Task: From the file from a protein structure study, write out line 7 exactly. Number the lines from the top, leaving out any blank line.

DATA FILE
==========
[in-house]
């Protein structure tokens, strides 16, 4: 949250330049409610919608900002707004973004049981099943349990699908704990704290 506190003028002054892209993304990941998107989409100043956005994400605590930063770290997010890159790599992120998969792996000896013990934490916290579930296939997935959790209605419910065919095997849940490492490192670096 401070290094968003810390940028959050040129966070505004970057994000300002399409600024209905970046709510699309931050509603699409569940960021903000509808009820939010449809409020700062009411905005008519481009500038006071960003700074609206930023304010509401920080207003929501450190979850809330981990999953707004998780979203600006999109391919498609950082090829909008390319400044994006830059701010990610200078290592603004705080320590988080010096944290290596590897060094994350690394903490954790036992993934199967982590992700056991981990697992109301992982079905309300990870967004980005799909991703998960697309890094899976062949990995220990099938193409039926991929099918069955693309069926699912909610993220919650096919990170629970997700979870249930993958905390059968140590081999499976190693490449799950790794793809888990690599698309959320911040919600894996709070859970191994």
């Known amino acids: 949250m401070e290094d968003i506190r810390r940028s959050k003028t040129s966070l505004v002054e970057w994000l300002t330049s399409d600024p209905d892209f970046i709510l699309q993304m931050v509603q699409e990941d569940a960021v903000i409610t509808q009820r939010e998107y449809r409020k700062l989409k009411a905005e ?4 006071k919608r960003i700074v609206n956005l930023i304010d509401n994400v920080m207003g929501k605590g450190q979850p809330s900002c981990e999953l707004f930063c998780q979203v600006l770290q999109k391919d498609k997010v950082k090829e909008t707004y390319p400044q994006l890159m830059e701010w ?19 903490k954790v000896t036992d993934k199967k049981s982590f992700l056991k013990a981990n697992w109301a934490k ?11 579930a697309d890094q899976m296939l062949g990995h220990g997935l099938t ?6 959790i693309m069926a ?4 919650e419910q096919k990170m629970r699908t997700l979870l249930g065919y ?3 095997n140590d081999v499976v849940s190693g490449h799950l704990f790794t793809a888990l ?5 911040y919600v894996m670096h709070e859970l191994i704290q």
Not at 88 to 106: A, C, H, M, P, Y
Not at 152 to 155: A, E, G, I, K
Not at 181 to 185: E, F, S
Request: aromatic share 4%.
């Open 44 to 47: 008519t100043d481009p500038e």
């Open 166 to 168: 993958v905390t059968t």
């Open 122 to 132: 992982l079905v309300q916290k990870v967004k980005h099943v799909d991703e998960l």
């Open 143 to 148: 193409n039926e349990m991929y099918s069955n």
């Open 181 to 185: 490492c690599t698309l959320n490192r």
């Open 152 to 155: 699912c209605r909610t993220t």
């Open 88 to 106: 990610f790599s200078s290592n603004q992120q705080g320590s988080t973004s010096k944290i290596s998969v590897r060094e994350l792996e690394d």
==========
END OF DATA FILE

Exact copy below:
Request: aromatic share 4%.